Um, and essentially what I do is I write my content and I'm like, okay, this is good. This is my content. And then I look at the content and I do a few keyword searches of like, what would be a good. Keyword that people would search to find this content. And usually I go for like if you install that keyword everywhere, extension it'll show you like how many searches that gets per month, let's say a key phrase, like online course tips or something.
So I put it in and I'm like, oh, okay. You know, like how many, how much search volume is it? And you wanna go for the low search volume? The high search volume is, is really competitive. So pick a key phrase that has kind of a low search volume, like a hundred, maybe searches a month, something low because you're just starting out and use that in your title.
And then in your like they call it H one, like. And H two. So like the tags and yeah, yeah. In your blog. Um, and then I look for related keywords, so related keywords. So if you type in online course tips, I, even, if you don't have this extension on the bottom of Google, you know, it shows like other stuff that people are searching, you know, try and infuse.
Like look at the search volume for those and try and infuse some of those related keywords in your post too, because it just, I, I don't know the tech aspect of it, but I know that it gives you more juice, you know, if you use them more, not stuff or not stuffing the keywords in there using it naturally, but kind of just putting a few here and there in the content really helps and then putting it in your URL slug as well.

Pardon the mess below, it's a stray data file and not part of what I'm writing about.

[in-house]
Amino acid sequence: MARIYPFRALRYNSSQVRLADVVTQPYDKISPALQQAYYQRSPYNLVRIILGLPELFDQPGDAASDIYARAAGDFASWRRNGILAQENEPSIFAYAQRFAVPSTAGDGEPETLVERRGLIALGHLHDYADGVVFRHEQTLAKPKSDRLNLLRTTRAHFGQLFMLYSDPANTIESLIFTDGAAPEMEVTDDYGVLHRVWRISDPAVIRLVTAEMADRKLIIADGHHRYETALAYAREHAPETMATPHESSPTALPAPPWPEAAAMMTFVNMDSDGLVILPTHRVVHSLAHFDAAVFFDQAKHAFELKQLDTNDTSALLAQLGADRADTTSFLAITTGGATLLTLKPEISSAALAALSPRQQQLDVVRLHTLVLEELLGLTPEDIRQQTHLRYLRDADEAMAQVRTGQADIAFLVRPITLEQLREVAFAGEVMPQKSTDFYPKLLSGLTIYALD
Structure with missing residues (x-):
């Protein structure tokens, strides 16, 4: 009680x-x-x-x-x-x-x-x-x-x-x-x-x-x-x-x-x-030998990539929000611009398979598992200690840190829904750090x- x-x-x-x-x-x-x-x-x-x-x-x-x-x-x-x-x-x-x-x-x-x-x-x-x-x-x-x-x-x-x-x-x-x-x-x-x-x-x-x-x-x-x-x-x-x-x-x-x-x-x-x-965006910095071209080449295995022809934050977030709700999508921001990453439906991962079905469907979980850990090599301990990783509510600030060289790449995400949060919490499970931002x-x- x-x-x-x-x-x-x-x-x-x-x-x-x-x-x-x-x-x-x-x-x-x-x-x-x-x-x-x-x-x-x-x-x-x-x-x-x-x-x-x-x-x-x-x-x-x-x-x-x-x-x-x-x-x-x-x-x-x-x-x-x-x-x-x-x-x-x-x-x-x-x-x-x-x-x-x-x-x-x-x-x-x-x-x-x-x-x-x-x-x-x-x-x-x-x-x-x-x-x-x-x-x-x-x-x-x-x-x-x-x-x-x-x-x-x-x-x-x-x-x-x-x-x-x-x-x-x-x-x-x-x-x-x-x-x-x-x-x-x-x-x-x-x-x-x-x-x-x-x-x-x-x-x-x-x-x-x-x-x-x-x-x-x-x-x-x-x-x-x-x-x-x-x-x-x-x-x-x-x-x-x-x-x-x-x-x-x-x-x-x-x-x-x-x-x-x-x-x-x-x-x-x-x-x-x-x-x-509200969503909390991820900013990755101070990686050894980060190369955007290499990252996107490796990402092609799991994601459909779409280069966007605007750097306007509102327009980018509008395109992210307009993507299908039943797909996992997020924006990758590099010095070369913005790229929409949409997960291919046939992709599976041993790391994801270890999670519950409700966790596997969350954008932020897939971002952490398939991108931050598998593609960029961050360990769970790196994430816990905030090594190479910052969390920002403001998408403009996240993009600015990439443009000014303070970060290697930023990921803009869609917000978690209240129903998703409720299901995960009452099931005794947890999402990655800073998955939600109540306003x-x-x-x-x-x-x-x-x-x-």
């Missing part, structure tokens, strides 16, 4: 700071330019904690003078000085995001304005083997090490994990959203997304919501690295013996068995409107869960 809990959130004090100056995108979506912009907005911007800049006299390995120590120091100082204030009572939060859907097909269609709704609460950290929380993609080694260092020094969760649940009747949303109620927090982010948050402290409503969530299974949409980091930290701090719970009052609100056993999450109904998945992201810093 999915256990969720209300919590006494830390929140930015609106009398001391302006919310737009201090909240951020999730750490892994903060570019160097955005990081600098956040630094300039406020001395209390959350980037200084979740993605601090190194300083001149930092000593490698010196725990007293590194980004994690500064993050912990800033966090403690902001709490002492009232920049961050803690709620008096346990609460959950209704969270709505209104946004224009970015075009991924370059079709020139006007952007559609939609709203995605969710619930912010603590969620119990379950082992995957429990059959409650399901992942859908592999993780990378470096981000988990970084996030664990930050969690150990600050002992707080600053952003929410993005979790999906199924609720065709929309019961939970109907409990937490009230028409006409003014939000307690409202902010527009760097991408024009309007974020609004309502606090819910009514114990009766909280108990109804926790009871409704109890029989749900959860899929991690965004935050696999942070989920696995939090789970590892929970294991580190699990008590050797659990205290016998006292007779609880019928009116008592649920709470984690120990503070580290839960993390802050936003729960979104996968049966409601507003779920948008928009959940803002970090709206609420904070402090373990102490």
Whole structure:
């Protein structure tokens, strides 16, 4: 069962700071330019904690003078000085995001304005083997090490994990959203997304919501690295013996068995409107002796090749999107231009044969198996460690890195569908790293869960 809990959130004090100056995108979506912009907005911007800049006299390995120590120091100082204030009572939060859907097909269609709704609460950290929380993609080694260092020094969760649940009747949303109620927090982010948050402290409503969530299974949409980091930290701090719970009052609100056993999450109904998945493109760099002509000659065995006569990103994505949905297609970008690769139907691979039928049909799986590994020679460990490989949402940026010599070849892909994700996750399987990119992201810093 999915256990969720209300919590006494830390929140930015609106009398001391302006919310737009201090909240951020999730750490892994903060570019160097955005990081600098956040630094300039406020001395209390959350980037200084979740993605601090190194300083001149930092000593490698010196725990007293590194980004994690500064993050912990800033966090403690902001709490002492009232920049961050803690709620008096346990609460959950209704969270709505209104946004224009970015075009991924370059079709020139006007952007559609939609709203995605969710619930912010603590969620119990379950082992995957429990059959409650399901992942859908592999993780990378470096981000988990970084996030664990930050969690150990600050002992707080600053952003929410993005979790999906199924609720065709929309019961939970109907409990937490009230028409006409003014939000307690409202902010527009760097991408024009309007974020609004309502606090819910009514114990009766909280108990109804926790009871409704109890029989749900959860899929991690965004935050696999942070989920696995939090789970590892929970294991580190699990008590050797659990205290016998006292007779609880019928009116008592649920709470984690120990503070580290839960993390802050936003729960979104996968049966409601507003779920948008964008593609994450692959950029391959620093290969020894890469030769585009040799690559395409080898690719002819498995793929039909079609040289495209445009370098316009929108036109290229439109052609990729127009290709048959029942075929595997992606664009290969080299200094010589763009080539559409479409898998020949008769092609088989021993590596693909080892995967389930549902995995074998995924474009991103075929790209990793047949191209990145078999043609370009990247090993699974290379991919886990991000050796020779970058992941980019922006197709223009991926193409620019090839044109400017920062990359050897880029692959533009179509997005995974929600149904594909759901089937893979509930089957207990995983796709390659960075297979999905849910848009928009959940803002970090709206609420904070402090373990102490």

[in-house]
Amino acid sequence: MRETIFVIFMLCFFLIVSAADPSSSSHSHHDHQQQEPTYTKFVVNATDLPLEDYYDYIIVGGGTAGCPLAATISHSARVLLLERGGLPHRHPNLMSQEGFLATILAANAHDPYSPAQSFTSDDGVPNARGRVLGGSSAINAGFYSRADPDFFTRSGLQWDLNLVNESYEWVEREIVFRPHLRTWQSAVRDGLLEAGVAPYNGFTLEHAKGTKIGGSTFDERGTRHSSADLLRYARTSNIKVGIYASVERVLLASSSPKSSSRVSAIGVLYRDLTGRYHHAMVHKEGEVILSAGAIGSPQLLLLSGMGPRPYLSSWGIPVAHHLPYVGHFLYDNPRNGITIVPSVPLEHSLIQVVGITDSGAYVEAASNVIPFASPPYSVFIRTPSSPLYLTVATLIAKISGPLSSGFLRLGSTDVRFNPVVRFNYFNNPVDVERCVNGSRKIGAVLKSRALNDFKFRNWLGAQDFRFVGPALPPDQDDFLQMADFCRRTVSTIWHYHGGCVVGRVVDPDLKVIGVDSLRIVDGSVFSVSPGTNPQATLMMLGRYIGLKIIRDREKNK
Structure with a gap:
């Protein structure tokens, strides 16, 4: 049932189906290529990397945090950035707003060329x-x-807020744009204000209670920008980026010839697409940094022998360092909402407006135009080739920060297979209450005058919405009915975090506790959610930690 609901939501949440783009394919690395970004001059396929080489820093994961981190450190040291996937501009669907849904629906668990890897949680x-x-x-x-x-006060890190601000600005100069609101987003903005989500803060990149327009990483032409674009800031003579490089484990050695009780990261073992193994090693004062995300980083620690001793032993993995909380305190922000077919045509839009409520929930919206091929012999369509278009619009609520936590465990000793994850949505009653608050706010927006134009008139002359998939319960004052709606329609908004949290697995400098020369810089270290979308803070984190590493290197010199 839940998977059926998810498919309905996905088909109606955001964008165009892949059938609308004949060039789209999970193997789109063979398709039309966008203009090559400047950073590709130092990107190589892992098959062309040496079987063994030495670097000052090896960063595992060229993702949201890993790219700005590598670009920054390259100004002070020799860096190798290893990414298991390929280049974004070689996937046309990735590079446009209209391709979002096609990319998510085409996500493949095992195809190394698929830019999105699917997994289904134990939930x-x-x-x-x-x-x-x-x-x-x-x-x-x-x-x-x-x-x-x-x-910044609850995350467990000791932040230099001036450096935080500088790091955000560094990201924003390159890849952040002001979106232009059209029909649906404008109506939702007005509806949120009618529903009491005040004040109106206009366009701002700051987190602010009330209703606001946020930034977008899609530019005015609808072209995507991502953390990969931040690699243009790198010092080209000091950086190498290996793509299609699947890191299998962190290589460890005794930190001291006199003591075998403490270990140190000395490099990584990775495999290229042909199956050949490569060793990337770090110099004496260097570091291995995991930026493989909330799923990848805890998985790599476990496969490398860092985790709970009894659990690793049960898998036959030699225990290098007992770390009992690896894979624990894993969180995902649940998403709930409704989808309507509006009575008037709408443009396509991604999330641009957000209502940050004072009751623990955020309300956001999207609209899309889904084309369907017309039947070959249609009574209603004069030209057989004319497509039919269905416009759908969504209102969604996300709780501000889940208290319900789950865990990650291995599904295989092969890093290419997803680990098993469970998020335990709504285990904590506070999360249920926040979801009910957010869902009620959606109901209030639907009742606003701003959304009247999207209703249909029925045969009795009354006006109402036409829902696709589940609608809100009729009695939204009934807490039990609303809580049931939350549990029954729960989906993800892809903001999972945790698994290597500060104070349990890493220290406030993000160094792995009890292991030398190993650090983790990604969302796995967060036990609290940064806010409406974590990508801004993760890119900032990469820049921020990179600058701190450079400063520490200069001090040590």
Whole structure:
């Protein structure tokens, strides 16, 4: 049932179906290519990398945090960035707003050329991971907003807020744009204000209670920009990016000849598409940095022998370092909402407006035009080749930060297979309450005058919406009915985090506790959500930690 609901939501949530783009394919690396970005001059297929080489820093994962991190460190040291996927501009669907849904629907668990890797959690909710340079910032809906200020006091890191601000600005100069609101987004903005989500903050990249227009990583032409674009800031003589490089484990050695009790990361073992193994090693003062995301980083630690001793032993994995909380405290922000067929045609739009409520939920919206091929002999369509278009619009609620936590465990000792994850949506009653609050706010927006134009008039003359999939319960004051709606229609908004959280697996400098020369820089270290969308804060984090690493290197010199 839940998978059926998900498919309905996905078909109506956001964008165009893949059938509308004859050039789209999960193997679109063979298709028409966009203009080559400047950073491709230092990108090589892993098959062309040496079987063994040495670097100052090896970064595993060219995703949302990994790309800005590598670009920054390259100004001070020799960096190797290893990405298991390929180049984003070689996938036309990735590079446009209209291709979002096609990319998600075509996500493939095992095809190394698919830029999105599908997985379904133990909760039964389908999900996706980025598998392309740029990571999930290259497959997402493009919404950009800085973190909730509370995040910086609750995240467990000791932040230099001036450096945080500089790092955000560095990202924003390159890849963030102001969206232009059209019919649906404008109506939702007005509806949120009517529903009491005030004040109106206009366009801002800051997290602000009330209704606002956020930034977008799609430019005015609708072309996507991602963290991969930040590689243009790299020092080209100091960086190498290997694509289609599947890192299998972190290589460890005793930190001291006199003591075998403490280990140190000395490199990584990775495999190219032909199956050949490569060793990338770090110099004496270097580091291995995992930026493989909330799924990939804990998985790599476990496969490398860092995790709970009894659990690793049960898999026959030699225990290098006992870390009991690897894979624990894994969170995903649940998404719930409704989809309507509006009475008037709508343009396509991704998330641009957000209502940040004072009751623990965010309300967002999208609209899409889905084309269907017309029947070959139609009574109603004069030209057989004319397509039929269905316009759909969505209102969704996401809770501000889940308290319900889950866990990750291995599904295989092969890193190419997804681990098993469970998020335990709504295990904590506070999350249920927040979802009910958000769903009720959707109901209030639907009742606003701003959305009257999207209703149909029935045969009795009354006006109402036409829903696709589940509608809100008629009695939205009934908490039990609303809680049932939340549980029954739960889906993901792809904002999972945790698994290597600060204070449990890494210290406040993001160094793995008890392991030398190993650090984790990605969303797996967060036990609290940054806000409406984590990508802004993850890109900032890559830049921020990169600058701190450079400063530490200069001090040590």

Um, that is a big thing. Um, and then if you have images on your site, I think it's called the alt tag. Um, but putting those key phrases, some of the keywords in the image alt tag as well, I find that that's really helpful. And honestly, just doing this for my blog posts has, is like, given me so much traffic, not overnight, but I started in 2018 blogging and, and using some of these tactics.
And then by 2020, I mean, I started at the end of 2018, I would say maybe like eight or nine months later, I started. Getting traffic that was, I wanna call it like floating, not like spiking traffic, but like traffic that was just kind of like floating on its own, which was awesome. And then I started noticing that subscribers were coming in weekly then daily, just because of the traffic of the posts.
And it does take some work, you know, blogging is work. Um, cuz you have, it has to be a really high value post too. It can't, you know, just be fluff with a lot of examples. Um, But if you commit to just even just like five to 10, really good blog posts over time. If you use some SEO tactics, that's gonna [00:24:30] get some volume and you're gonna start seeing if you have opt-ins of course not just writing, but if you have like CTAs to subscribe, You're gonna start noticing that you'll get subscribers over time, just automatically, like I get a handful of subscribers still a week and I haven't blogged in months, you know, it's just kind of something it's just keeps on giving that if that keeps on giving, which is awesome because you don't have a lot of time as of course, creator, you're doing all kinds of stuff, you know?
So that's what I really love about SEO is like, it's a lot of work kind of upfront for a few months, but then it kind of, it really pays off for years. so. .